Does my RE rock, or suck?

Bryan Olson fakeaddress at nowhere.org
Thu Jul 8 08:25:16 CEST 2004


Here's my algorithmic problem:

     Given a set of 'trigger' strings, and one 'path' string,
     find the longest of the triggers that is a prefix of the
     path.

The trigger strings may number in the dozens or hundreds, but
the set is more-or-less static; I'll be matching many paths
against the same set of triggers.  Matching a path should be
fast in the average case, and non-awful even if an adversary
designed the path to be evil.  This is for a web-server-thing
that registers handlers for paths that begin with certain
strings, like most of the cool web servers do.

I've written a function that takes a list of trigger strings,
and outputs a Python regular expression that should re.find()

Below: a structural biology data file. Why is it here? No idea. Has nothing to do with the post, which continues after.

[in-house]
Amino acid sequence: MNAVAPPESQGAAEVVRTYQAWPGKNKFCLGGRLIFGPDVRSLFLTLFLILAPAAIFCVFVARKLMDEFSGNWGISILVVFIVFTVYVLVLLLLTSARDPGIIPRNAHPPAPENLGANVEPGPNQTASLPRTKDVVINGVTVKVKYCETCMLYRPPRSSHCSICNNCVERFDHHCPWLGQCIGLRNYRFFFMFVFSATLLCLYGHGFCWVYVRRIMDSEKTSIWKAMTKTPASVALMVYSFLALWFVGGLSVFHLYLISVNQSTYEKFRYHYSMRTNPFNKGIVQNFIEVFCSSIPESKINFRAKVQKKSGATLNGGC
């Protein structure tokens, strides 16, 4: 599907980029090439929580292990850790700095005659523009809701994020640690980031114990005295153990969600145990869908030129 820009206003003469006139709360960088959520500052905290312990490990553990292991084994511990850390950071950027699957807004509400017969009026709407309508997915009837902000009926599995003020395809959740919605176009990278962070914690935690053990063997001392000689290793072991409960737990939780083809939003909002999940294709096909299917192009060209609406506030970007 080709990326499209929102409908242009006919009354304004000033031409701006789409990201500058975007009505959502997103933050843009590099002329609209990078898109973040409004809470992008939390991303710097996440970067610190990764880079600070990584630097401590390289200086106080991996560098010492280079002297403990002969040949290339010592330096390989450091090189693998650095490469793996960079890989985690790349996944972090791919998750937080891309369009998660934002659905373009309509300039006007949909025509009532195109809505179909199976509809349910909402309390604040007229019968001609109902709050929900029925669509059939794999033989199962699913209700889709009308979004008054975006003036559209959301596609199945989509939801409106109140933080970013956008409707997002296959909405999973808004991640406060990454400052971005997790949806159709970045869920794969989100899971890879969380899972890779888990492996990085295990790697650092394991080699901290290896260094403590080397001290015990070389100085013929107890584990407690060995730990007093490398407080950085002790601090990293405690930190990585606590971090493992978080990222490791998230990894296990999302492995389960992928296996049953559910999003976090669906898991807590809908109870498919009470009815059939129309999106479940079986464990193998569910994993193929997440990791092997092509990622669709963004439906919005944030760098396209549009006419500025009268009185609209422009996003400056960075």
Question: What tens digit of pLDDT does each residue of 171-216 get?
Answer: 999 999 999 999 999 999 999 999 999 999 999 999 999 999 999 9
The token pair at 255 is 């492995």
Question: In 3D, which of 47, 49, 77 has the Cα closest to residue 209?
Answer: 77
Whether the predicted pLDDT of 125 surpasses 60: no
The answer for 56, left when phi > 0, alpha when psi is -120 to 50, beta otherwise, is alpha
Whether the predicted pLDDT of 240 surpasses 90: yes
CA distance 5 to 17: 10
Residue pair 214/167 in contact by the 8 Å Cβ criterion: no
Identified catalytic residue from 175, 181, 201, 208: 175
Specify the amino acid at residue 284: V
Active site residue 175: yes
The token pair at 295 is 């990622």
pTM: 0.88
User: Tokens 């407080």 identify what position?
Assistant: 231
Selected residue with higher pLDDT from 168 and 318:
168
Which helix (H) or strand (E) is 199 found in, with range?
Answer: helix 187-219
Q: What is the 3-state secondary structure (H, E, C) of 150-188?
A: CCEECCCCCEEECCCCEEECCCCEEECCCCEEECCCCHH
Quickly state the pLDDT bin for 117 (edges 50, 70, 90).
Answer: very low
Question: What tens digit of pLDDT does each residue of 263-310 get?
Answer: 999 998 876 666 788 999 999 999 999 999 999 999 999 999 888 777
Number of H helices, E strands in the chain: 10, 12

the longest matching trigger.  For example, given:

     triggers = ["Alice", "Bob" "John", "John Smith",
         "John Smith Jr", "John Smith Sr"]

My re-generator returns:

     re.compile('^(Mary|John( Smith( (Sr|Jr)|)|)|Bob)')

Some RE details: I actually use '(?:' instead of just '(',  but
no need to worry about that now.  There are never *'s or +'s or
other loop-like things in the generated RE's.  The RE's list
choices in reverse-lexicographic order; as the doc says, "REs
separated by "|" are tried from left to right."  The order
should ensure finding the longest matching trigger.  In (a
couple minutes of testing, it seems to work.


I've been burned using Python's RE module in the past.  Before I
sink more time into this, I was wondering if someone could tell
me if the technique makes sense.  In particular:

     Is this likely to be fast in normal cases?  Is there a
     clearly better approach?

     What would be the worst-case time?

     Am I likely to exceed recursion depth?

     Any other gotcha?  Am I likely to find it when I compile the
     RE, or when I try to match a path?


Thanks for any help answering these.

-- 
--Bryan



More information about the Python-list mailing list